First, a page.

One autumn, the pursuit of nuts brings Nutkin, Twinkleberry and other squirrels to Owl Island. Having crossed the lake on nothing but tiny rafts made of twigs, ingenious rodents quickly learn the gift of diplomacy by bringing the mole, mice and other dead offerings to the terrifying guardian Old Brown Owl. However, Nutkin is not in the mood for hard work letting his friends collect nuts while he plays “ninepins with a crab-apple and green fir cones”. His audacity and ill manners don’t go unnoticed for very long as the Old Owl teaches Nutkin a lesson he is most unlikely to forget!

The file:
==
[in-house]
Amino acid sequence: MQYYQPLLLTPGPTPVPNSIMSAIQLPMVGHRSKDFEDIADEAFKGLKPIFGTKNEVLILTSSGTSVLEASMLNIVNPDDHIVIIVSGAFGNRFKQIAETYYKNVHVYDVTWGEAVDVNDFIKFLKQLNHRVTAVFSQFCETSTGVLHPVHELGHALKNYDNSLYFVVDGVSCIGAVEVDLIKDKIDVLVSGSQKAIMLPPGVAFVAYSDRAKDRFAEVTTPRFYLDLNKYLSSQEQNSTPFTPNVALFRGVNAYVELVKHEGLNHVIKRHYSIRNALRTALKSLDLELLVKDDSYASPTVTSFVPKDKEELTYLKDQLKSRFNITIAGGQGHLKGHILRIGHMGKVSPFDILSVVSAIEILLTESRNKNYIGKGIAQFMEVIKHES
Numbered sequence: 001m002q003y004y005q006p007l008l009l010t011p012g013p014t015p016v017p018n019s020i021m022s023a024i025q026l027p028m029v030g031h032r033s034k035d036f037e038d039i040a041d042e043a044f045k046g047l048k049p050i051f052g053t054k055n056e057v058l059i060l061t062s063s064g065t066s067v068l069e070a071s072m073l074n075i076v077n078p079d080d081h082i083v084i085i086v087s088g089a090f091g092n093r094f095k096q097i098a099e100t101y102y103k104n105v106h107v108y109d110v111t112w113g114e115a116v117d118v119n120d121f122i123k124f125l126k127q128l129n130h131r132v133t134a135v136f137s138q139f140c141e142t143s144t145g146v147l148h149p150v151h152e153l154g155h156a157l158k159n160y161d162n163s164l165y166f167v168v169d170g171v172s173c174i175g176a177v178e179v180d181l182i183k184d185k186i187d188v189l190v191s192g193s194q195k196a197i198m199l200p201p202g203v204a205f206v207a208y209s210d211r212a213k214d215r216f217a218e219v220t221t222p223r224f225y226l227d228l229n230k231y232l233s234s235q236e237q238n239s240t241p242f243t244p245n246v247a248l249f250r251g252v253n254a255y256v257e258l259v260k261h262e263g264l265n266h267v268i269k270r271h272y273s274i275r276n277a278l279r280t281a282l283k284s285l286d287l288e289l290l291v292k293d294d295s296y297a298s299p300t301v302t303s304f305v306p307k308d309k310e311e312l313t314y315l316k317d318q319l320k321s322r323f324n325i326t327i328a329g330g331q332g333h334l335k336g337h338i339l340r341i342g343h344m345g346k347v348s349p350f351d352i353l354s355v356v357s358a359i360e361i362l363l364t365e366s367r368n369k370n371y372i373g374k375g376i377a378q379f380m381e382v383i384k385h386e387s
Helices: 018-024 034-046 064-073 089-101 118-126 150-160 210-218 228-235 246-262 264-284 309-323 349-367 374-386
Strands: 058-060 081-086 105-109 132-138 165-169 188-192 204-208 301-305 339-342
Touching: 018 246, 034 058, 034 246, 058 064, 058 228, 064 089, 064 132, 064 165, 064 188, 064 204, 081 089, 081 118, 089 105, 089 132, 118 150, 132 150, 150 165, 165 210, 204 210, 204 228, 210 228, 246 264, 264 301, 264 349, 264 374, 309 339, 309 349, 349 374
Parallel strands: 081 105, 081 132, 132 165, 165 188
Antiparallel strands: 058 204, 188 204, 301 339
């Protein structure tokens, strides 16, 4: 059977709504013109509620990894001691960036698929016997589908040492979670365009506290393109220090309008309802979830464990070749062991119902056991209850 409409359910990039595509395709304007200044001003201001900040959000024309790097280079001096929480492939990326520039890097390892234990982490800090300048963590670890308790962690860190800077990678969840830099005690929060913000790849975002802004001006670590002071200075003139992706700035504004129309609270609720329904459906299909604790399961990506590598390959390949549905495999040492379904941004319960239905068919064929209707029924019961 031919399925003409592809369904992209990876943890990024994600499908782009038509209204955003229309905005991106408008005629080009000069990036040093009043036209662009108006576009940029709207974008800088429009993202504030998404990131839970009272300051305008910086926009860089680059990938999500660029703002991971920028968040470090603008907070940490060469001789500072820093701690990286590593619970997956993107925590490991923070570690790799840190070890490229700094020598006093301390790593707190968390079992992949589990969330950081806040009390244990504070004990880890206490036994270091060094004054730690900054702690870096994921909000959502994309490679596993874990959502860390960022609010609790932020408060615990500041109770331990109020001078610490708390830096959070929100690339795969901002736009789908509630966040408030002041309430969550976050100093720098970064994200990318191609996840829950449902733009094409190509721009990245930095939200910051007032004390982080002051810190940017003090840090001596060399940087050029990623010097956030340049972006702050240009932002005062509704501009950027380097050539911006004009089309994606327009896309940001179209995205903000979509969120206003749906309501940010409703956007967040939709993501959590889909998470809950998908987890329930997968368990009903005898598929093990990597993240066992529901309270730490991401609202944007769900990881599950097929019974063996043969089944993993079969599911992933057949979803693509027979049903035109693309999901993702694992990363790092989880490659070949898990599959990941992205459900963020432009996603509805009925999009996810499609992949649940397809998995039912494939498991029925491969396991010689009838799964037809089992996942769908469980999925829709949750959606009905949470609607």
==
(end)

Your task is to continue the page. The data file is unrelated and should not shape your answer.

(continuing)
This thoroughly enjoyable tale of impertinence conveys Edwardian moral values reiterating the notion of social propriety.

The Tale of Benjamin Bunny

Image credit: Beatrix Potter

A truly memorable follow-up to The Tale of Peter Rabbit, this delightful story of frivolous misbehaviour is set in familiar vegetable patch. The absence of Mr and Mrs McGregor doesn’t go unnoticed attracting the local rascals like Benjamin Bunny and Peter Rabbit to their luscious garden.Their plans to retrieve Peter’s clothes and indulge in the fine harvest are doomed to fail as the cousins become trapped under a basket by a cunning guard cat. This whimsical tale of perilous journey reinforces the moral values and the notion of disciplinary repercussions of disobedience.

The Tale of Mrs Tiggy-Winkle

Image credit: Beatrix Potter